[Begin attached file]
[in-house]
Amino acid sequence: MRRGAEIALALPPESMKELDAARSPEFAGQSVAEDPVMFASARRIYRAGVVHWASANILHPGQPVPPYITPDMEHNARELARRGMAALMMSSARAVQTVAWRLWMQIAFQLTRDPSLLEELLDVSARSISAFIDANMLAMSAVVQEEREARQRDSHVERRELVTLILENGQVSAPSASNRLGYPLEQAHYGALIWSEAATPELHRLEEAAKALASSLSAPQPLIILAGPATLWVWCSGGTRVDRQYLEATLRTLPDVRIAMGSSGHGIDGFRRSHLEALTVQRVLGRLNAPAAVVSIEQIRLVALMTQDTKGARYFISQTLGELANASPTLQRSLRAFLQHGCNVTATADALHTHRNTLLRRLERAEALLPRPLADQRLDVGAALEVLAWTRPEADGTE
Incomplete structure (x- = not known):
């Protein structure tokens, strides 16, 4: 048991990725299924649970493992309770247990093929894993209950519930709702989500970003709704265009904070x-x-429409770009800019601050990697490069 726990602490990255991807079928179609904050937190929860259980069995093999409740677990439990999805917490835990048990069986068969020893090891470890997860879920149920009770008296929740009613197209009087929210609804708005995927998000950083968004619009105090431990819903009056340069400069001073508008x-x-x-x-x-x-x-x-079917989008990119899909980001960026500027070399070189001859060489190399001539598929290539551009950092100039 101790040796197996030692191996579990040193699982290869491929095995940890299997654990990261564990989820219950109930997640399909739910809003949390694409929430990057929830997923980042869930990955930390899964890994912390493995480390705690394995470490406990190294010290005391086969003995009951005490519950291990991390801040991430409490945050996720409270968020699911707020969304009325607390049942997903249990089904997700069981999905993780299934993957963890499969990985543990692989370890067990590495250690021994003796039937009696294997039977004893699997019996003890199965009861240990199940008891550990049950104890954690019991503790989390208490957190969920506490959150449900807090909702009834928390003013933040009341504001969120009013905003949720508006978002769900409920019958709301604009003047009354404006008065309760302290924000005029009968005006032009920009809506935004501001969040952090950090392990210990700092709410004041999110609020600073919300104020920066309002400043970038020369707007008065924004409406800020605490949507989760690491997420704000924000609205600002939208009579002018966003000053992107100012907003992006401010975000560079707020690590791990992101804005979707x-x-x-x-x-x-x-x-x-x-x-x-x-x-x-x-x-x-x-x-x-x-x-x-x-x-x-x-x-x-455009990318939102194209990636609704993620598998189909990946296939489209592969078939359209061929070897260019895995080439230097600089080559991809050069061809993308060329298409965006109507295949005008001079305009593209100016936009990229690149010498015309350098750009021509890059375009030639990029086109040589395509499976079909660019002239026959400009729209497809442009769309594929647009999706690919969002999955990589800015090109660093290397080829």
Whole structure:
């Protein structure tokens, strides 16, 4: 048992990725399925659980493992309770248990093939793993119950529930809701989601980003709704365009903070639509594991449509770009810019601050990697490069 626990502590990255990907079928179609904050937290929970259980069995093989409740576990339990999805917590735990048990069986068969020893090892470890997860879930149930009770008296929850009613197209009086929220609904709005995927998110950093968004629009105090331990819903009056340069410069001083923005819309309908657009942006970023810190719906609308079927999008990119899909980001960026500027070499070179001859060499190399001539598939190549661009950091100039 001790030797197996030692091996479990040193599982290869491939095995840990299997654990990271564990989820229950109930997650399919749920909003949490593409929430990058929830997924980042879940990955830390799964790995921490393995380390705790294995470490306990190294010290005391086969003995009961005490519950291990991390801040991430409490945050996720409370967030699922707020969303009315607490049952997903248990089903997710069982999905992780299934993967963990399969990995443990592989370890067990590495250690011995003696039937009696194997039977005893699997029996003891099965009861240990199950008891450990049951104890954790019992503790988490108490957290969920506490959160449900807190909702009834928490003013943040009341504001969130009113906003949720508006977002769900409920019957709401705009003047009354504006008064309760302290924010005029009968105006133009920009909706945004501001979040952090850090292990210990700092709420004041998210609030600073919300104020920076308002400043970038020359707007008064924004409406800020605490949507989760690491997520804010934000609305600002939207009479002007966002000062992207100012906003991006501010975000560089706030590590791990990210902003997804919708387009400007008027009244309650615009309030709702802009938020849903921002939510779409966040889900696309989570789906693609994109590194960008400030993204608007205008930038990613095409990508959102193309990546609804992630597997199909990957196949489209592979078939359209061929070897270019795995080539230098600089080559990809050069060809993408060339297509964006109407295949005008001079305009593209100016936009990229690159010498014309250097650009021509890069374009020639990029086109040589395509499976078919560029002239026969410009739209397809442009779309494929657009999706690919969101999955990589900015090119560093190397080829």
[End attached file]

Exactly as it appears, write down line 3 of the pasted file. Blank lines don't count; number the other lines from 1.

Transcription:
Incomplete structure (x- = not known):